CFLCo argued that the conclusion of the trial judge that the risk associated with fluctuations in electricity prices was borne by Hydro-Québec was wrong in that at the time the Contract was signed, it was impossible for the parties to foresee what would happen in the electricity market. As a result, the parties could not have had a common intention concerning a situation they could not have foreseen. In the opinion of the SCC, that argument, based on article 1431 CCQ, relates to contractual interpretation. However, as the Court had reiterated in Uniprix, a contract may not be interpreted unless the court first finds that there is ambiguity.[15] The SCC held that there was no ambiguity in the Contract as to the prices, which were set for the life of the contract.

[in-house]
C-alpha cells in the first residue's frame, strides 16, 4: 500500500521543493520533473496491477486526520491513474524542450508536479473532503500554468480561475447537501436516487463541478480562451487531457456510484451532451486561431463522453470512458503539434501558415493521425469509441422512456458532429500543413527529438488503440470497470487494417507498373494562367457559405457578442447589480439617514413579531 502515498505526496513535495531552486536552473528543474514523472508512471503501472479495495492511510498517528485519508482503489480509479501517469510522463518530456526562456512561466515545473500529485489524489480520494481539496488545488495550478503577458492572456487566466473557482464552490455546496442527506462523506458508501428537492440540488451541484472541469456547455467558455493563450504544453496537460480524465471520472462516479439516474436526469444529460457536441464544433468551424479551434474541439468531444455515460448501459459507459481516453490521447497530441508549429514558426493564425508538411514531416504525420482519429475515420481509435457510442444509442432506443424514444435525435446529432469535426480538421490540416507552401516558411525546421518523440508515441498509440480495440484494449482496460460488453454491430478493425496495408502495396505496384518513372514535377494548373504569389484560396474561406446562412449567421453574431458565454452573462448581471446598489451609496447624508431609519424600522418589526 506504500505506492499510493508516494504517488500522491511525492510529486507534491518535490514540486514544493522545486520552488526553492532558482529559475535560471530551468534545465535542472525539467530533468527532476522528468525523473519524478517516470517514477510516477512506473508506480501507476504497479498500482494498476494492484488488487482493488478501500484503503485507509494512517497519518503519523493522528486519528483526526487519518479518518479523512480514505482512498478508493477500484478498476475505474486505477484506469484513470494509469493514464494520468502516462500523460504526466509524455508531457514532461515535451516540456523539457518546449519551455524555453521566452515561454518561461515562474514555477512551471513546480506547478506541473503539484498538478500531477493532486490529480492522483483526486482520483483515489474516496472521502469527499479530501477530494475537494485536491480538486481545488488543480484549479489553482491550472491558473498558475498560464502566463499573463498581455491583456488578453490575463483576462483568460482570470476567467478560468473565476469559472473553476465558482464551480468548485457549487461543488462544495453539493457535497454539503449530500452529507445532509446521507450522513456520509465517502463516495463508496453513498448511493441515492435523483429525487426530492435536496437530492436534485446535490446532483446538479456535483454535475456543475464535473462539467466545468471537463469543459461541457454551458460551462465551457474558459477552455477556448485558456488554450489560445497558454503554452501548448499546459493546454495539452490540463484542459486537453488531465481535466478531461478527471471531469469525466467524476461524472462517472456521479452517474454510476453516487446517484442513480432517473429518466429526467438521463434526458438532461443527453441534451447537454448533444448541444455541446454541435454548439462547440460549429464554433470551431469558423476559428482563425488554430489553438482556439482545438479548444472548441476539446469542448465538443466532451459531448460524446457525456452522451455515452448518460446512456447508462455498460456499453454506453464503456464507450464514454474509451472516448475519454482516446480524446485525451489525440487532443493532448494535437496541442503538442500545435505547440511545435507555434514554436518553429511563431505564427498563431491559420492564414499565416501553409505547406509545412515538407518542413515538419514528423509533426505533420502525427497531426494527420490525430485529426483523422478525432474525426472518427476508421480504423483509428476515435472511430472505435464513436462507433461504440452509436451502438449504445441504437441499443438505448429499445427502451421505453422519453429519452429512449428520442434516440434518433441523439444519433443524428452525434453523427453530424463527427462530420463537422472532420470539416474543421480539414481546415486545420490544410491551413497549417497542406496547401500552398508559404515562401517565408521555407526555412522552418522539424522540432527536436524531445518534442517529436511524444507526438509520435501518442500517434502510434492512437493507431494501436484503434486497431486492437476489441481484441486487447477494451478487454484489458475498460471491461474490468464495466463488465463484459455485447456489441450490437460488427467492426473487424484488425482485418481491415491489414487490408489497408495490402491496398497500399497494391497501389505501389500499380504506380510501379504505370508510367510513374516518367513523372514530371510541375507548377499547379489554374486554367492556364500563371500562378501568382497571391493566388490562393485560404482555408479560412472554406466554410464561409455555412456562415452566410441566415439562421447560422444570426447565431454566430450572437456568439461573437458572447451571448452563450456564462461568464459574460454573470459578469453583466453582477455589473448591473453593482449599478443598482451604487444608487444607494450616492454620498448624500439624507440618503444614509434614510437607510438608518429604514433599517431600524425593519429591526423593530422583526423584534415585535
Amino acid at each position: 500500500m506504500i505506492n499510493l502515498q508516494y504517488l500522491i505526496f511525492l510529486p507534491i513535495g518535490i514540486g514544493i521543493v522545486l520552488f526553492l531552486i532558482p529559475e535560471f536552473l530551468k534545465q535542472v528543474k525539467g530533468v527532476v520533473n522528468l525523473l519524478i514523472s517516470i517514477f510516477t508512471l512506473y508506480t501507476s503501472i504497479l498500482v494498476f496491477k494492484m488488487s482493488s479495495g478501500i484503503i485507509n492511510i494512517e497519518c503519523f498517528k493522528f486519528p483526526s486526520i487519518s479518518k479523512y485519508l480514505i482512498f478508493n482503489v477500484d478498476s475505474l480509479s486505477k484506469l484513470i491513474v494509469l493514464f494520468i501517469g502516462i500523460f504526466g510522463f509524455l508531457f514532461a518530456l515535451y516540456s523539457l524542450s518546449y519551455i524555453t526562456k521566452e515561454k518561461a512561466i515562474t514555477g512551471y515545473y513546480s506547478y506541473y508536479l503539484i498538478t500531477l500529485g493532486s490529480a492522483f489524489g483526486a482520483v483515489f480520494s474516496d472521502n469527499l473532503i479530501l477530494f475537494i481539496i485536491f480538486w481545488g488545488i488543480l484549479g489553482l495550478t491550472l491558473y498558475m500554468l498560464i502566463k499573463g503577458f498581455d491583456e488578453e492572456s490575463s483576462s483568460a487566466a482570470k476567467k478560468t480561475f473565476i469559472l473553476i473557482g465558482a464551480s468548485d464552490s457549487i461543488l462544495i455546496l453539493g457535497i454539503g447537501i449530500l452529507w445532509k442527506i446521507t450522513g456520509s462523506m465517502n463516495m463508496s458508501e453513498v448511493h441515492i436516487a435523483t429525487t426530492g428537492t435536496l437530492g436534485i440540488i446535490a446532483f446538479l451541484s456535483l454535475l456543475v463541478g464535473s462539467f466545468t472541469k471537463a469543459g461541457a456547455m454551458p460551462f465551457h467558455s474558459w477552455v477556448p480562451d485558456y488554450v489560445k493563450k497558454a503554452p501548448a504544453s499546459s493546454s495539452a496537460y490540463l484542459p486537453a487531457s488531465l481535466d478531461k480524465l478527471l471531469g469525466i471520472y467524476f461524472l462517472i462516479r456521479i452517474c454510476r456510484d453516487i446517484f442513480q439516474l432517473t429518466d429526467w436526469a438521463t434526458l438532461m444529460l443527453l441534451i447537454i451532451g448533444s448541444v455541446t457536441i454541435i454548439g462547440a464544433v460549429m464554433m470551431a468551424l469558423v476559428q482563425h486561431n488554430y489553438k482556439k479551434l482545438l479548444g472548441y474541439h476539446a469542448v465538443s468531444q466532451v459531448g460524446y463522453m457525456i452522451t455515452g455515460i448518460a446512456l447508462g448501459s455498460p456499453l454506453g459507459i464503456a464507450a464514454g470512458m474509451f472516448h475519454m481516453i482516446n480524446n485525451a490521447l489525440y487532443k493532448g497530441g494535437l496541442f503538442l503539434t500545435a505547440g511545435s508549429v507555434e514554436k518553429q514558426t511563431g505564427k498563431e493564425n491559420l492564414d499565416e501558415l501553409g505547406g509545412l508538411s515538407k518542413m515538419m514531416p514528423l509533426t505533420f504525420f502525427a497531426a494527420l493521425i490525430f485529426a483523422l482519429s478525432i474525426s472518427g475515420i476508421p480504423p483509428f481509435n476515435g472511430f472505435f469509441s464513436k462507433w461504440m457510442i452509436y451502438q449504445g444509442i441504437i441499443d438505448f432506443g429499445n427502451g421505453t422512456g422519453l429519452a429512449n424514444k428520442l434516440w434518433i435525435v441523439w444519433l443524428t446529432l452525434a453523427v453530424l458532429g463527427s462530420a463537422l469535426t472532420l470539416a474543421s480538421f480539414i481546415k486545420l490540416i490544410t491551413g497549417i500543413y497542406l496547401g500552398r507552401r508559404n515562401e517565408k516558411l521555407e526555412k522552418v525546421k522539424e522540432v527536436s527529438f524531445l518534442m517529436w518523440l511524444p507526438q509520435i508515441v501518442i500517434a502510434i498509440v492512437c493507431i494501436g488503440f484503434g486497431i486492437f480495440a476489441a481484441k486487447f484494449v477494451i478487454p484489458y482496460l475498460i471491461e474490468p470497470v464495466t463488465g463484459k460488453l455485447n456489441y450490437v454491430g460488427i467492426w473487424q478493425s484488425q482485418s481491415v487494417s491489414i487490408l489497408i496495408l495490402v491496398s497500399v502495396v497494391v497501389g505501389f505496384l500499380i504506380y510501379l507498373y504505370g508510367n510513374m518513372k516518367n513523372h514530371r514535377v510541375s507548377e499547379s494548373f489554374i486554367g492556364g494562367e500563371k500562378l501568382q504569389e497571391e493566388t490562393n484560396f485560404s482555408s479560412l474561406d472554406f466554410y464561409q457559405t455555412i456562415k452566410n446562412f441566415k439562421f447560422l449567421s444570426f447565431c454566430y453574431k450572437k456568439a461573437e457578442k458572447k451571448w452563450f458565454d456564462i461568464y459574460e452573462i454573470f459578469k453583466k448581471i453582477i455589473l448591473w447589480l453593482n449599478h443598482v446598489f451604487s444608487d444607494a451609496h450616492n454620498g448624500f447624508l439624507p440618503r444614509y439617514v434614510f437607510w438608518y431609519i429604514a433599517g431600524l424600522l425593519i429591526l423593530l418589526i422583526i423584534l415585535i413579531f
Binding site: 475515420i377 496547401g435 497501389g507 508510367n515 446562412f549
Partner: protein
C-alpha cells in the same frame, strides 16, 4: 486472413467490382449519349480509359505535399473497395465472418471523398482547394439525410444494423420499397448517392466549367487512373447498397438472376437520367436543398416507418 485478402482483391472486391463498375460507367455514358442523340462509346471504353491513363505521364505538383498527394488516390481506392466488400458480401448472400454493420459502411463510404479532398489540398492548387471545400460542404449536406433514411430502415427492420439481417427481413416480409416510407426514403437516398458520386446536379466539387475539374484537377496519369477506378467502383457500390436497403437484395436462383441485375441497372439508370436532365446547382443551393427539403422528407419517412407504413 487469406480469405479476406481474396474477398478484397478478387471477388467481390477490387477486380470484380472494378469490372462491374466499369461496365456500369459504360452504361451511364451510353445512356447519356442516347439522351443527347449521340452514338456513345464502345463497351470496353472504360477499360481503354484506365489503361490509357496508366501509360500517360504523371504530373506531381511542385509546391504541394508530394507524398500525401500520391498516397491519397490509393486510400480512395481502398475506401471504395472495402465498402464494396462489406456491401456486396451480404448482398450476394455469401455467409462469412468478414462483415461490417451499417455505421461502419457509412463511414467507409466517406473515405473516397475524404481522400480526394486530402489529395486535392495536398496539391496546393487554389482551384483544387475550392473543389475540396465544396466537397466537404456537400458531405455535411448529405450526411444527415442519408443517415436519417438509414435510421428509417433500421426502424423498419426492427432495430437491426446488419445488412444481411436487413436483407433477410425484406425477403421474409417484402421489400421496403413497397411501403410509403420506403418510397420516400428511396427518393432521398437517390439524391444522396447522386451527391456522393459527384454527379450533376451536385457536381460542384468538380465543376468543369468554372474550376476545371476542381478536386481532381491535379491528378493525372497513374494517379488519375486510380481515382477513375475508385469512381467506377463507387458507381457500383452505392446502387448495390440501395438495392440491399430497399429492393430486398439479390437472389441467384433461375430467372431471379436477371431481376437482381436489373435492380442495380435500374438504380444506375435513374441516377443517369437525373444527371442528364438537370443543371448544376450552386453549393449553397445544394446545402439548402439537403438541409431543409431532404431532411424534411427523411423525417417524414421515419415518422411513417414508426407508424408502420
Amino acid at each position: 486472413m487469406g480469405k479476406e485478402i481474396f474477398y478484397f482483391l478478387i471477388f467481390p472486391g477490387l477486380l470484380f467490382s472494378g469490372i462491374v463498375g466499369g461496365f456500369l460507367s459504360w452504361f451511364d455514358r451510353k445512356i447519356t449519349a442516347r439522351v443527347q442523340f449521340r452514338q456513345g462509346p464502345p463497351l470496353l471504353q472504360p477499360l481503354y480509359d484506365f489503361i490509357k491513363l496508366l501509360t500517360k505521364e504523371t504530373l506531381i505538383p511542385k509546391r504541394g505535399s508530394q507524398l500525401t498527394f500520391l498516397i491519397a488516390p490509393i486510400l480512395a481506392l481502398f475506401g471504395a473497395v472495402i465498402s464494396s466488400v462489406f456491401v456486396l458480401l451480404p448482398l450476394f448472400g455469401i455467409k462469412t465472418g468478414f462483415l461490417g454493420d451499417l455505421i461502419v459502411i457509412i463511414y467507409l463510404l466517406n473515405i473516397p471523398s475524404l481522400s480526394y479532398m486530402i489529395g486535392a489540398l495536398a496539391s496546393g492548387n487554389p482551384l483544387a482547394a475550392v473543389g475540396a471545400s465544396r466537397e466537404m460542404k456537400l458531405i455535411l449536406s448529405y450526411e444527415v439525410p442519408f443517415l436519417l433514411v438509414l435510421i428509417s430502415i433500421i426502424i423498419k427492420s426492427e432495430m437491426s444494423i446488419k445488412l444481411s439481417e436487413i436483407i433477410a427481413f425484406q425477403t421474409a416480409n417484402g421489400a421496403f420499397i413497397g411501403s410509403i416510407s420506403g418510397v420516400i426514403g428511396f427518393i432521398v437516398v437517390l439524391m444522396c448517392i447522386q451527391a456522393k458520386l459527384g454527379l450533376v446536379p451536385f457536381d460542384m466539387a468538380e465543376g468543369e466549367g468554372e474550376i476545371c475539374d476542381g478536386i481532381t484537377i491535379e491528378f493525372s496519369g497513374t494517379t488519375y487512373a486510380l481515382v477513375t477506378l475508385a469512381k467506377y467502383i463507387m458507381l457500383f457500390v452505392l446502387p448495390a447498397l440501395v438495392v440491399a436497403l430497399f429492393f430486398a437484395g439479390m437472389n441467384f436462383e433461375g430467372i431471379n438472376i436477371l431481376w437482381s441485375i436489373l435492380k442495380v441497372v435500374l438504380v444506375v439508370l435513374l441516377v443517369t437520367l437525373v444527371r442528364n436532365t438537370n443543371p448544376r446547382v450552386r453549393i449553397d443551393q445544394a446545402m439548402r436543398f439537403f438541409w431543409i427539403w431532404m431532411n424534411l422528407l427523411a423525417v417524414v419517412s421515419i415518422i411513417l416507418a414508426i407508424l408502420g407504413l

In any event, the evidence was that the possibility of changes in the electricity market occurring had been anticipated by the parties, although it was impossible to foresee the nature of such changes.

D. The Doctrine of Unforeseeability

After stating the parameters of the doctrine of unforeseeability, referring, in particular, to the French Civil Code and the UNIDROIT Principles, cited above, the SCC confirmed that this doctrine is not recognized in Québec civil law.

As the Court of Appeal had observed, the SCC considered the fact that the Civil Code Revision Office had initially suggested that the doctrine of unforeseeability be incorporated into the new CCQ. However, that suggestion was not accepted, two reasons being that it would have compromised contractual stability and that the CCQ already assigned an important role to good faith and equity in contractual matters.